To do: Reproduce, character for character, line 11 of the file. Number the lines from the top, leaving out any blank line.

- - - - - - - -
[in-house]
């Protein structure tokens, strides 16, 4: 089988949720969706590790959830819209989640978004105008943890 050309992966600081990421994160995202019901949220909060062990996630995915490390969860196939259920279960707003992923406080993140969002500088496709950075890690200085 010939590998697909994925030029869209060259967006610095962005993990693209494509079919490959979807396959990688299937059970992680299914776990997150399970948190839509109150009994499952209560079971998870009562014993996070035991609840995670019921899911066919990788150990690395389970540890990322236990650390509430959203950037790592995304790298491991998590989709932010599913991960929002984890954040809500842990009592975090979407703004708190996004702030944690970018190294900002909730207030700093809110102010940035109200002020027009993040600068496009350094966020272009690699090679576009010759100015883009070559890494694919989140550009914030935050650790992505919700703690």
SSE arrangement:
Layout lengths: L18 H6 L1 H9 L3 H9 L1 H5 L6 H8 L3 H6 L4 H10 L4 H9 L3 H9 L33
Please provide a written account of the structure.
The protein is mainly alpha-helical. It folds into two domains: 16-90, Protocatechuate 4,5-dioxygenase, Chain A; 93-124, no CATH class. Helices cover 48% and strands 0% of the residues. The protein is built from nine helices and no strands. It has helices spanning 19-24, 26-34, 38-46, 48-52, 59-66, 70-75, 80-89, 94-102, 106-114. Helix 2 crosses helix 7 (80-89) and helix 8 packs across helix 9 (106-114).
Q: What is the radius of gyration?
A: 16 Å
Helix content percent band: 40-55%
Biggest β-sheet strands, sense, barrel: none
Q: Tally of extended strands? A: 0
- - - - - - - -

Q: Tally of extended strands? A: 0